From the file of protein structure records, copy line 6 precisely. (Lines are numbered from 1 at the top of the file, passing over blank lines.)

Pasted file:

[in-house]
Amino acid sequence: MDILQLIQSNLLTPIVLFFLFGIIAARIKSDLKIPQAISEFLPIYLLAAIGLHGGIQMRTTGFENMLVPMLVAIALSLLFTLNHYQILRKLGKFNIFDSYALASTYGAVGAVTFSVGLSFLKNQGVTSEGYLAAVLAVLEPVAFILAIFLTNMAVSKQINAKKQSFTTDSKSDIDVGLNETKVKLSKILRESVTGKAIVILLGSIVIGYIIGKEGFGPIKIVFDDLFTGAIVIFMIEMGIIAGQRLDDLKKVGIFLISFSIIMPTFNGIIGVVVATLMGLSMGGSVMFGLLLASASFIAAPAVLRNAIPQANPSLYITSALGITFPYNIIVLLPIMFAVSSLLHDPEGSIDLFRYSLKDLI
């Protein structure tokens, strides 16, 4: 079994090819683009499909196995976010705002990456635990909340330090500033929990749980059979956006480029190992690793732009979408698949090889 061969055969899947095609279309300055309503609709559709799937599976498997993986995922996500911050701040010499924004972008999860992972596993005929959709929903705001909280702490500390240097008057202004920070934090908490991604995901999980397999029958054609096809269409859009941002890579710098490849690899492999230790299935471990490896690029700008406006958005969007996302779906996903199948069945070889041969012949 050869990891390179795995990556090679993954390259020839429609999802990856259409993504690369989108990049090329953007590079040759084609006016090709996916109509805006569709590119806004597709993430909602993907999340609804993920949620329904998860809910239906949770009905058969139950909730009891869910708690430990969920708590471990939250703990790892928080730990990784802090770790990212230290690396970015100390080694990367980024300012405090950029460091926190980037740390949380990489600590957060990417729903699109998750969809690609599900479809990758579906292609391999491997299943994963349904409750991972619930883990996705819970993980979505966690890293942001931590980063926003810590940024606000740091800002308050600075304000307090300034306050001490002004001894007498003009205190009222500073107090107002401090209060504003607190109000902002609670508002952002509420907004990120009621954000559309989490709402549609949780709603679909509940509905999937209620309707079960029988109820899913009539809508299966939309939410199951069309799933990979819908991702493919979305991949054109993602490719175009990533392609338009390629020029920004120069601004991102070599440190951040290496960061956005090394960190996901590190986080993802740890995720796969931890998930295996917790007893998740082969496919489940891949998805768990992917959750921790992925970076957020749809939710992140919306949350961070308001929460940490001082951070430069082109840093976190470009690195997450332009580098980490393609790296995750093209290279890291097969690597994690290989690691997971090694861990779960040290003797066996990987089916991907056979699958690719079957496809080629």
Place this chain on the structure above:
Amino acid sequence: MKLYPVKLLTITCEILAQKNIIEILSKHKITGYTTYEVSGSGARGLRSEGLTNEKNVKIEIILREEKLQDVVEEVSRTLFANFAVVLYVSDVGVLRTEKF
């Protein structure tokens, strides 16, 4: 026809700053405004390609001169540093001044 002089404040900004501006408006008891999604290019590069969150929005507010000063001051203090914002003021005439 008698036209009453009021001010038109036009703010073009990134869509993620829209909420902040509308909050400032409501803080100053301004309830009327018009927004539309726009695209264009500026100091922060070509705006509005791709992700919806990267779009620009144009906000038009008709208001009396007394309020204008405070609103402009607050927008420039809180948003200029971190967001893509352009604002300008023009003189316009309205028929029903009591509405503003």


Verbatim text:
């Protein structure tokens, strides 16, 4: 026809700053405004390609001169540093001044 002089404040900004501006408006008891999604290019590069969150929005507010000063001051203090914002003021005439 008698036209009453009021001010038109036009703010073009990134869509993620829209909420902040509308909050400032409501803080100053301004309830009327018009927004539309726009695209264009500026100091922060070509705006509005791709992700919806990267779009620009144009906000038009008709208001009396007394309020204008405070609103402009607050927008420039809180948003200029971190967001893509352009604002300008023009003189316009309205028929029903009591509405503003």